A long-term observational research study is collecting information about the diagnosis and treatment of cancer during pregnancy. For additional information about the pregnancy and cancer registry or to become a participant, contact Cooper Health (1-877-635-4499).

Breastfeeding Considerations

Rituximab is present in breast milk.

Rituximab 1,000 mg was administered for granulomatosis with polyangiitis to a woman within 6 months postpartum. Following infusion, milk and maternal serum concentrations were evaluated for 4 days, beginning 7 days after administration. Milk concentrations (0.4 to 0.6 mcg/mL) were significantly less than those in the maternal serum (110 to 130 mcg/mL). Corresponding serum concentrations were not available from the fully breastfed infant; however, serious infections were not observed and normal growth and development were noted (Bragnes 2017). Information is also available from a prospective study of nine lactating women with multiple sclerosis treated with rituximab. Breast milk samples were obtained prior to the infusion and at intervals up to 30 days following a 500 mg or 1,000 mg dose (30 samples obtained). The median maximum milk concentration of rituximab was 0.074 μg/mL (range: 0.061 to 0.12 μg/mL). Using the maximum milk concentrations from four women who provided serial samples, the authors of this study calculated the relative infant dose (RID) of rituximab to be 0.10% of the weight-adjusted maternal dose, providing an estimated daily infant dose via breast milk of 0.011 mg/kg/day. There were no serious infections reported in the five infants who were breastfed. In addition, they were reported to have normal growth and development up to 12 months of age (Krysko 2019). In general, breastfeeding is considered acceptable when the RID of a medication is <10% (Anderson 2016; Ito 2000).

According to the manufacturer, breastfeeding is not recommended during treatment and for 6 months after the last dose of rituximab. However, based on available information, rituximab is considered compatible with breastfeeding in patients treated for rheumatic and musculoskeletal diseases. In addition, rituximab is unlikely to be absorbed by the infant gastrointestinal tract following exposure via breast milk (ACR [Sammaritano 2020]).

Monitoring Parameters

CBC with differential and platelets (obtain prior to treatment and prior to each treatment course, and at weekly to monthly intervals and more frequently in patients with lymphoid malignancies, or at 2- to 4-month intervals in rheumatoid arthritis patients, granulomatosis with polyangiitis and microscopic polyangiitis); continue to monitor for cytopenias after the final rituximab dose and until resolution. Monitor electrolytes (in patients at risk for tumor lysis syndrome [TLS]), renal function (in patients at risk for TLS or nephrotoxicity), fluid/hydration status balance. Monitor BP and vital signs. Evaluate pregnancy status (prior to treatment initiation in patients who may become pregnant).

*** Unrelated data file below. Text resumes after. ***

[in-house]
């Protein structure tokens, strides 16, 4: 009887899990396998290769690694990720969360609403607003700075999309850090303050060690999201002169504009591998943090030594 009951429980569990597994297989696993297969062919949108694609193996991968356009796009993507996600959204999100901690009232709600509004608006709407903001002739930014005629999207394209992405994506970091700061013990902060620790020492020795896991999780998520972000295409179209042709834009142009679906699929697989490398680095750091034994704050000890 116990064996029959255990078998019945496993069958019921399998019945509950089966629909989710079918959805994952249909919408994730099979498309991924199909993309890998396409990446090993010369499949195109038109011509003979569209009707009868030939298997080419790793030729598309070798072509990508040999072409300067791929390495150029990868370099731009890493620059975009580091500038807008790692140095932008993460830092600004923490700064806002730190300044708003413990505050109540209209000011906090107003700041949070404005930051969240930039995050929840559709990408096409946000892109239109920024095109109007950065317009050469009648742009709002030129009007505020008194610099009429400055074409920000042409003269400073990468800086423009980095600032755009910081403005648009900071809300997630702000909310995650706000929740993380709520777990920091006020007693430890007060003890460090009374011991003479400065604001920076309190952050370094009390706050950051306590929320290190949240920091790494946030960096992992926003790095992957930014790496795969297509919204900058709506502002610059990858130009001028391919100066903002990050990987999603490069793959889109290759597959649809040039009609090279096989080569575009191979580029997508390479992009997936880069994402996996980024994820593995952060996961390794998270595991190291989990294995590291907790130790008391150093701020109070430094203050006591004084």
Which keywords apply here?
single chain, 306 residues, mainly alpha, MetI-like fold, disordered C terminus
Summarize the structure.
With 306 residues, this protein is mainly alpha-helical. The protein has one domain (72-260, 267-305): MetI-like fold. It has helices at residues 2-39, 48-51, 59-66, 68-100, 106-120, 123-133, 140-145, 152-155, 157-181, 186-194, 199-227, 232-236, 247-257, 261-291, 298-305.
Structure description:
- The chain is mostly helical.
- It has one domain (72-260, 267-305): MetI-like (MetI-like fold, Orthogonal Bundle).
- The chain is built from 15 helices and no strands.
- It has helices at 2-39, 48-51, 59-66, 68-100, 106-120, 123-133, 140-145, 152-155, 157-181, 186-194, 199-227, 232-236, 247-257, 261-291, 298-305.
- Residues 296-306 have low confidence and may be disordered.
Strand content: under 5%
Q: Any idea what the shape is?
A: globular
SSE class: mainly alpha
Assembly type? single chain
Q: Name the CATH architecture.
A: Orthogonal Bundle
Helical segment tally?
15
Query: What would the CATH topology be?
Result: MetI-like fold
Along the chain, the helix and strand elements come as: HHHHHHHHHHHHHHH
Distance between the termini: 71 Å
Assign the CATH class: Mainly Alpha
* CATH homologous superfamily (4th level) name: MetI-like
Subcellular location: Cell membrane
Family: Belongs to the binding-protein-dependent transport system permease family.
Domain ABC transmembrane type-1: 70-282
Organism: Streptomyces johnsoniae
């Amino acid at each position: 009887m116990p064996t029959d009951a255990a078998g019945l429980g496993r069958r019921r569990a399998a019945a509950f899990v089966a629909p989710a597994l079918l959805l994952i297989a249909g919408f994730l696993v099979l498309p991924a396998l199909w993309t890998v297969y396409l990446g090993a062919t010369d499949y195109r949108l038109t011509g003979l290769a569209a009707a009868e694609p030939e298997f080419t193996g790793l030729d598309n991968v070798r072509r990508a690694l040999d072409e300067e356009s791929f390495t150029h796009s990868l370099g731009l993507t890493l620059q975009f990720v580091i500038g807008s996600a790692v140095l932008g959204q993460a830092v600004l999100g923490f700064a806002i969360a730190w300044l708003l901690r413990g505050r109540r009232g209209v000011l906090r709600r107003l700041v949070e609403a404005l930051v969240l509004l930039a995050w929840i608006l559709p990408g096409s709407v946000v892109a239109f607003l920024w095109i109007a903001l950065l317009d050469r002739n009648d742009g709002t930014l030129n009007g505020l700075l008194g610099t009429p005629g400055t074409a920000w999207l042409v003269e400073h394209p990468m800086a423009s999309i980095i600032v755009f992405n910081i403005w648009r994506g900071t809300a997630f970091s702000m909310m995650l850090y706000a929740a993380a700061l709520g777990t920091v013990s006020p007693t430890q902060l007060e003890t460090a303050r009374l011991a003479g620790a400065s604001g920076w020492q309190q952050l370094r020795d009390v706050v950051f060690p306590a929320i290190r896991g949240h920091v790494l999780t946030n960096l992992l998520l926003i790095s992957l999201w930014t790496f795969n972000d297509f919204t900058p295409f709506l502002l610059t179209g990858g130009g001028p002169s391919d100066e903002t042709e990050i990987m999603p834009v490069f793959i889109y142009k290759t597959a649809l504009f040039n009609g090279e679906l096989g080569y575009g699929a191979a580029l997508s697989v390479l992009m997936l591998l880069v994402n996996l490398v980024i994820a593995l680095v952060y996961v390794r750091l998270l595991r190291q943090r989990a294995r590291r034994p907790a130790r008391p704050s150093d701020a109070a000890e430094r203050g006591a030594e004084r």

Hepatitis B virus reactivation screening: Screen all patients for hepatitis B virus (HBV) infection prior to therapy initiation (eg, hepatitis B surface antigen [HBsAG] and hepatitis B core antibody measurements). Screen patients with multiple sclerosis for latent infections (eg, hepatitis, tuberculosis) in high-risk populations or in countries with high tuberculosis burden (baseline). In addition, carriers and patients with evidence of current infection or recovery from prior hepatitis B infection should be monitored closely for clinical and laboratory signs of HBV reactivation and/or infection during therapy and for up to 2 years following completion of treatment. The American Society of Clinical Oncology HBV screening and management provisional clinical opinion (ASCO [Hwang 2020]) recommends HBV screening with HBsAg, hepatitis B core antibody, total Ig or IgG, and antibody to hepatitis B surface antigen prior to beginning (or at the beginning of) systemic anticancer therapy; do not delay treatment for screening/results. Detection of chronic or past HBV infection requires a risk assessment to determine antiviral prophylaxis requirements, monitoring, and follow-up. Monitor for signs of active hepatitis B infection.

Monitor closely for infusion-related reactions. Perform cardiac monitoring during and after rituximab infusion (in rheumatoid arthritis patients and in patients with preexisting cardiac disease, a history of arrhythmia or angina, or if clinically significant arrhythmias develop during or after subsequent infusions). Monitor for signs/symptoms of bowel obstruction/perforation (abdominal pain, vomiting), tumor lysis syndrome, and/or mucocutaneous skin reactions. Monitor for signs or symptoms of progressive multifocal leukoencephalopathy (focal neurologic deficits, which may present as hemiparesis, visual field deficits, cognitive impairment, aphasia, ataxia, and/or cranial nerve deficits); if progressive multifocal leukoencephalopathy is suspected, obtain brain MRI scan and lumbar puncture.

Mechanism of Action